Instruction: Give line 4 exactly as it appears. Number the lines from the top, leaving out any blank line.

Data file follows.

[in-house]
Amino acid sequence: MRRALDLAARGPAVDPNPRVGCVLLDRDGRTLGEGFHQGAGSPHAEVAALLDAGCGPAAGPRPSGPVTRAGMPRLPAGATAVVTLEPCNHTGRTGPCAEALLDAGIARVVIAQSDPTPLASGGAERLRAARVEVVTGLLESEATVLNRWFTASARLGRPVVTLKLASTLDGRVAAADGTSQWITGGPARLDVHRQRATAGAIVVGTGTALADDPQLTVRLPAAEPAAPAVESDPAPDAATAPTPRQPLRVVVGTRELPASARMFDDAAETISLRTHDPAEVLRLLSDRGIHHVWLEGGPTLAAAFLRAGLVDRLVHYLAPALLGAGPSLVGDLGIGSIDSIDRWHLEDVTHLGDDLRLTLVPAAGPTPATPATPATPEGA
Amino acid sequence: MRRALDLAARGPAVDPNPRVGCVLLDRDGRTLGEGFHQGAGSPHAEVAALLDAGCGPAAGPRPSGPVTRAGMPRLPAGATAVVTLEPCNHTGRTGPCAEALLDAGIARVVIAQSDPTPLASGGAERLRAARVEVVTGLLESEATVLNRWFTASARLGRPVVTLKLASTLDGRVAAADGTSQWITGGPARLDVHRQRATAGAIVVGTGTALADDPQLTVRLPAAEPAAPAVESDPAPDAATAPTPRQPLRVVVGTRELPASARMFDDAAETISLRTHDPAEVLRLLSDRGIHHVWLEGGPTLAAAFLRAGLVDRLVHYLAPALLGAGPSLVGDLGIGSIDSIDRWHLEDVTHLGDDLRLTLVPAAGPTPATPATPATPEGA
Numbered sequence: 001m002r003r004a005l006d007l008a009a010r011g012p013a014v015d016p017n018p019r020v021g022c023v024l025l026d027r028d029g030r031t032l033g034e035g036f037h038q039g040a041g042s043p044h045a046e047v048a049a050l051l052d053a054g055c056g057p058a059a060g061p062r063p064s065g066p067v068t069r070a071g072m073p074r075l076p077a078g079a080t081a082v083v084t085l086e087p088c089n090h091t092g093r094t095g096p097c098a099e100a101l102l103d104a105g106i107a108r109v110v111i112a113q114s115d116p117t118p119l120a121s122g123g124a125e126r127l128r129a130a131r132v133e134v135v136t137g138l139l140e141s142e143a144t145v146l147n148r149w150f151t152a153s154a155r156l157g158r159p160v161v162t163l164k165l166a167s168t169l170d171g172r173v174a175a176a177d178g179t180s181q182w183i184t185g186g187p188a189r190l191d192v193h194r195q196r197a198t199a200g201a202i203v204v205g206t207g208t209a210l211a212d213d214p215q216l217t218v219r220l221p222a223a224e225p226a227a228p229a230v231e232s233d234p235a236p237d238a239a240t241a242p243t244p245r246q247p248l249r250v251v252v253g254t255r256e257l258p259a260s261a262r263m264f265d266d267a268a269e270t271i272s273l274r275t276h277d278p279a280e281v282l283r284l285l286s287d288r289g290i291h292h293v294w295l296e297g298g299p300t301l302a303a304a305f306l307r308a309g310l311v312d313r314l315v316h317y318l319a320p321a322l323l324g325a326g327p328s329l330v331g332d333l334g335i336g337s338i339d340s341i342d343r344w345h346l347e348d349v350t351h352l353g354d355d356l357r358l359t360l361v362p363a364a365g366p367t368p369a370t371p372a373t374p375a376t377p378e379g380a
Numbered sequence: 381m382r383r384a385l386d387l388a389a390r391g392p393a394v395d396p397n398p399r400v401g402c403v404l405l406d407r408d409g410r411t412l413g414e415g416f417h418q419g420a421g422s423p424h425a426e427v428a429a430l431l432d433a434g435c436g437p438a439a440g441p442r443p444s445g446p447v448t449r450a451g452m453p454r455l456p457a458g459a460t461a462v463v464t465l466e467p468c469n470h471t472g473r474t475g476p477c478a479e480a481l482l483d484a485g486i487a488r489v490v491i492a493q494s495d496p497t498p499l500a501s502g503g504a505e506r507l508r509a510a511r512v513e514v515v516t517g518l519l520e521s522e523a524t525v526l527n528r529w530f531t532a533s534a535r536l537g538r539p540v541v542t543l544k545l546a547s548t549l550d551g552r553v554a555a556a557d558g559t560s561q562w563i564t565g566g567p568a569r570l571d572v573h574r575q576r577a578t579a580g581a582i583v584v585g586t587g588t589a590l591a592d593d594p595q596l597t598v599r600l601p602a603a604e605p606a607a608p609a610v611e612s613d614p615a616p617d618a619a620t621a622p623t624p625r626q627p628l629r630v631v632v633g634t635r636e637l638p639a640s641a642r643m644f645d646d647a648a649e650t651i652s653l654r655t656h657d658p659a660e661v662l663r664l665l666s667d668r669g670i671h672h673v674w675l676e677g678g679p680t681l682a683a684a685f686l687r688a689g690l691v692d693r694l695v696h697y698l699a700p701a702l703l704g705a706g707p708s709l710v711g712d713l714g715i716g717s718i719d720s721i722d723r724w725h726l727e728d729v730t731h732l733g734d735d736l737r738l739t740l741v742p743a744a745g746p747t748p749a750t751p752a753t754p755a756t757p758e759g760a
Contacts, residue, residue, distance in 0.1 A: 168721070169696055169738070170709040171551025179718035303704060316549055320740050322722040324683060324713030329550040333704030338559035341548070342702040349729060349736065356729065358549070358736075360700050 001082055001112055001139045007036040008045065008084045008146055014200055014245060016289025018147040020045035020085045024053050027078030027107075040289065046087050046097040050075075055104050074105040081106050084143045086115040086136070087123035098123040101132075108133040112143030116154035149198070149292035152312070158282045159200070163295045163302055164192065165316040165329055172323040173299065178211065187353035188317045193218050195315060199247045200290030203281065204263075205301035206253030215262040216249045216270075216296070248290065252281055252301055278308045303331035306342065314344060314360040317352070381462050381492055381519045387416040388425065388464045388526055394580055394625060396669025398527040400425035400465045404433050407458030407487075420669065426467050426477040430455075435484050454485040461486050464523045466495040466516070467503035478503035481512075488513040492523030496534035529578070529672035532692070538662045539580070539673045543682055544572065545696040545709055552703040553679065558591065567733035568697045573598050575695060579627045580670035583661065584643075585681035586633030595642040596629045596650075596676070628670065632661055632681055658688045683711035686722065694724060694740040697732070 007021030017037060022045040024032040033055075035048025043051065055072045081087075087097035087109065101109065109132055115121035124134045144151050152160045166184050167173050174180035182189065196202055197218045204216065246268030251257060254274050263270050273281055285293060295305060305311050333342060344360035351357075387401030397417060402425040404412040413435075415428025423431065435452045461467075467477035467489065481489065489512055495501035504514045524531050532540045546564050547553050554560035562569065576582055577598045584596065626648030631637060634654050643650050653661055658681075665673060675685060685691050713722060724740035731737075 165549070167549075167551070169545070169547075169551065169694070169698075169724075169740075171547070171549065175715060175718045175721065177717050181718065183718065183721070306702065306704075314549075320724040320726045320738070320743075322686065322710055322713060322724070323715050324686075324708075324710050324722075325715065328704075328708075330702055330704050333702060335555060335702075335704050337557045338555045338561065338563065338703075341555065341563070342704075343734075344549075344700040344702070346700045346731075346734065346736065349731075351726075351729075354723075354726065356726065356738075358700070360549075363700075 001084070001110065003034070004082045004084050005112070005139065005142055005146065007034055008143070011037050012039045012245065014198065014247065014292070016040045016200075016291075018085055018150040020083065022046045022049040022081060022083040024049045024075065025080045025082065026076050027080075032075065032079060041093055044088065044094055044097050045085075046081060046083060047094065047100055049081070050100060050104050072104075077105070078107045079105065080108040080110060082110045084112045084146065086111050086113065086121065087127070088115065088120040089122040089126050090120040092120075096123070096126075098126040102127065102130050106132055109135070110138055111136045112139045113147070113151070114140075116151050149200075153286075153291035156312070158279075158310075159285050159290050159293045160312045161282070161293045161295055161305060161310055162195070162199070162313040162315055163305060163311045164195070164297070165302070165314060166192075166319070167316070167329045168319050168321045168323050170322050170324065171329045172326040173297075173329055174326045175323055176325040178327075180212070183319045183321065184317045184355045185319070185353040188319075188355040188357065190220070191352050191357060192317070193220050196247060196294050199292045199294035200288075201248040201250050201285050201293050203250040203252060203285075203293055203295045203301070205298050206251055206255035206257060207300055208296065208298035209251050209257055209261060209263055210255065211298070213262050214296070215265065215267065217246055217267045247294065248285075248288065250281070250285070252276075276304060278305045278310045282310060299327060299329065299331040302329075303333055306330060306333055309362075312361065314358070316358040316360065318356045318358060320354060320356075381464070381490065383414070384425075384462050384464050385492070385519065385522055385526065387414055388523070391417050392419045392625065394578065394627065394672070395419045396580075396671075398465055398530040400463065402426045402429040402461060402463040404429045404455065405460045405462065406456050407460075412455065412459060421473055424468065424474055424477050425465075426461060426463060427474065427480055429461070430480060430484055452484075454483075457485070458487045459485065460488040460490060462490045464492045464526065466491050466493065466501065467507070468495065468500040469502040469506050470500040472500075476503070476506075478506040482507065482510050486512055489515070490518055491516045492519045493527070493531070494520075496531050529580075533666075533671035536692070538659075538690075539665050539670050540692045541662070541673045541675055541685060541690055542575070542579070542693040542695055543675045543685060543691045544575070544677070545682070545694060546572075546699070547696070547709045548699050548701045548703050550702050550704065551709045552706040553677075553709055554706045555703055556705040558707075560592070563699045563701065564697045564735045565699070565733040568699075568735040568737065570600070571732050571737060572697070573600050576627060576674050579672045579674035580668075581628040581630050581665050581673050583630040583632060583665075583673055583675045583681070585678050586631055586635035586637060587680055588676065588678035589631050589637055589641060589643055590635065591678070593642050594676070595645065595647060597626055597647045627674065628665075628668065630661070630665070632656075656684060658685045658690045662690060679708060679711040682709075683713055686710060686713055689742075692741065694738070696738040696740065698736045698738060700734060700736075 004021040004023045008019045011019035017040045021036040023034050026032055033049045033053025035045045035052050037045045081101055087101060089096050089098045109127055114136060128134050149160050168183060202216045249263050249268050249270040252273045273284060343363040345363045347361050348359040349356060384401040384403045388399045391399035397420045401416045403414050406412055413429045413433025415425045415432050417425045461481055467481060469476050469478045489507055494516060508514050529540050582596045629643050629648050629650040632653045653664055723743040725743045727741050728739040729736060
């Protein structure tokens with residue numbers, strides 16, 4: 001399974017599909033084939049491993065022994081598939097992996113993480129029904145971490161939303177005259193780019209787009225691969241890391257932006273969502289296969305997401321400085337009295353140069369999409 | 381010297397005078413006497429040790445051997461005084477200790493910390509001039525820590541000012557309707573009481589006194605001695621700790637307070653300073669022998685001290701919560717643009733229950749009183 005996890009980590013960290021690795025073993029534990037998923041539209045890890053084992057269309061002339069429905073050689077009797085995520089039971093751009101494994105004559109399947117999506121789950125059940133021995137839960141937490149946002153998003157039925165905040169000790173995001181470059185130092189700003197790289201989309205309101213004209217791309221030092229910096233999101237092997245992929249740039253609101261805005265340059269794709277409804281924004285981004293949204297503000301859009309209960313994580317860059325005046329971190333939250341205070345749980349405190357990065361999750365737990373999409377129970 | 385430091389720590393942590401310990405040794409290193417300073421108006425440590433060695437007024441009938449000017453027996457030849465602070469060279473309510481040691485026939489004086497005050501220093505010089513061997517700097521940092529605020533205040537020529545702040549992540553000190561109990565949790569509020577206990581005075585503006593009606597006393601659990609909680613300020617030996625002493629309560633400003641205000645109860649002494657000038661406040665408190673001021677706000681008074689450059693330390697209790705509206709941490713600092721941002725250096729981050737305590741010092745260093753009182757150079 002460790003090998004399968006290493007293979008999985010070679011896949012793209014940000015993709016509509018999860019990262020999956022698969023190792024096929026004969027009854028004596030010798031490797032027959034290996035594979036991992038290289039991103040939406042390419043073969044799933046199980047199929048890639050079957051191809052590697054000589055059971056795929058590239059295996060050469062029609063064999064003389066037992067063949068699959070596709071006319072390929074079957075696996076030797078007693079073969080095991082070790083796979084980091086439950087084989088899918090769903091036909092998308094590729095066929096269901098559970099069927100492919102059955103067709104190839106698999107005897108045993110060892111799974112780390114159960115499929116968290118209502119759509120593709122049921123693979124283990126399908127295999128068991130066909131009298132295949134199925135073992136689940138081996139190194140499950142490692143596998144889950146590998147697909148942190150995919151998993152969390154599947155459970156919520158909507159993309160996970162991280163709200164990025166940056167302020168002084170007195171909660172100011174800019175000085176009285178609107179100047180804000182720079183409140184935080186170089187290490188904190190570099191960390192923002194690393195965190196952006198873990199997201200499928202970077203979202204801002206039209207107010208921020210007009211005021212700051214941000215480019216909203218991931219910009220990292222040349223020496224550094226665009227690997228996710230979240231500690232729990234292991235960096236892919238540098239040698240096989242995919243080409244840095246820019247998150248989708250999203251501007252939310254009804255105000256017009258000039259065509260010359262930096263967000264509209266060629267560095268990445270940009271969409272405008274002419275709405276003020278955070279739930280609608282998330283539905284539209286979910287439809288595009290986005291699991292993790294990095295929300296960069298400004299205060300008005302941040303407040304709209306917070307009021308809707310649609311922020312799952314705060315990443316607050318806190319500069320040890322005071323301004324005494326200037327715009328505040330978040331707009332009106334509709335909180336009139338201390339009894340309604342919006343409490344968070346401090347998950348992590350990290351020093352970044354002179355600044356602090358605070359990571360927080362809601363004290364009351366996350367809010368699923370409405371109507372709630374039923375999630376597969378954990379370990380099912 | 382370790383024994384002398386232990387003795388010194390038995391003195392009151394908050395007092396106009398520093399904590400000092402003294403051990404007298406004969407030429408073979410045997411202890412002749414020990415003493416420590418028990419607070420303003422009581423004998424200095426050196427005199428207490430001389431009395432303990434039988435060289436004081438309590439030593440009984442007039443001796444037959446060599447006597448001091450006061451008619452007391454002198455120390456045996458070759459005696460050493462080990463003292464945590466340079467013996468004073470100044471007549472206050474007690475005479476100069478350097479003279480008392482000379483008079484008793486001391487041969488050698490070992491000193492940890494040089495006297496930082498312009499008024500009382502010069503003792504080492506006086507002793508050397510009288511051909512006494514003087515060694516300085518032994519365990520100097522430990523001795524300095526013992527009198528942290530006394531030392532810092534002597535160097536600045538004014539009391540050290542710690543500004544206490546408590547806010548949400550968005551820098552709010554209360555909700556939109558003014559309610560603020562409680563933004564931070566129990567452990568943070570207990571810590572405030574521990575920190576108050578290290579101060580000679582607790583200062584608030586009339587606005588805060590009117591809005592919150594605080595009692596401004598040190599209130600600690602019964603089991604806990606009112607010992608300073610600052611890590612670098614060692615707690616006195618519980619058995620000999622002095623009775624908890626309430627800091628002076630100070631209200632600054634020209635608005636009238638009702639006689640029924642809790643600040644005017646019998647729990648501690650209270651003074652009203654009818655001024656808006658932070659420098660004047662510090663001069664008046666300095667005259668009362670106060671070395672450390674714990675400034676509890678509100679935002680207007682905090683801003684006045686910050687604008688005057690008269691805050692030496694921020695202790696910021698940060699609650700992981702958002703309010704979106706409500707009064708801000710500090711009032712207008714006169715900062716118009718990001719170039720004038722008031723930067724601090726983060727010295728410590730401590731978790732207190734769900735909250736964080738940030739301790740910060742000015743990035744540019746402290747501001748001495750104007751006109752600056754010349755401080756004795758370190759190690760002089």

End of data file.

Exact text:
Numbered sequence: 001m002r003r004a005l006d007l008a009a010r011g012p013a014v015d016p017n018p019r020v021g022c023v024l025l026d027r028d029g030r031t032l033g034e035g036f037h038q039g040a041g042s043p044h045a046e047v048a049a050l051l052d053a054g055c056g057p058a059a060g061p062r063p064s065g066p067v068t069r070a071g072m073p074r075l076p077a078g079a080t081a082v083v084t085l086e087p088c089n090h091t092g093r094t095g096p097c098a099e100a101l102l103d104a105g106i107a108r109v110v111i112a113q114s115d116p117t118p119l120a121s122g123g124a125e126r127l128r129a130a131r132v133e134v135v136t137g138l139l140e141s142e143a144t145v146l147n148r149w150f151t152a153s154a155r156l157g158r159p160v161v162t163l164k165l166a167s168t169l170d171g172r173v174a175a176a177d178g179t180s181q182w183i184t185g186g187p188a189r190l191d192v193h194r195q196r197a198t199a200g201a202i203v204v205g206t207g208t209a210l211a212d213d214p215q216l217t218v219r220l221p222a223a224e225p226a227a228p229a230v231e232s233d234p235a236p237d238a239a240t241a242p243t244p245r246q247p248l249r250v251v252v253g254t255r256e257l258p259a260s261a262r263m264f265d266d267a268a269e270t271i272s273l274r275t276h277d278p279a280e281v282l283r284l285l286s287d288r289g290i291h292h293v294w295l296e297g298g299p300t301l302a303a304a305f306l307r308a309g310l311v312d313r314l315v316h317y318l319a320p321a322l323l324g325a326g327p328s329l330v331g332d333l334g335i336g337s338i339d340s341i342d343r344w345h346l347e348d349v350t351h352l353g354d355d356l357r358l359t360l361v362p363a364a365g366p367t368p369a370t371p372a373t374p375a376t377p378e379g380a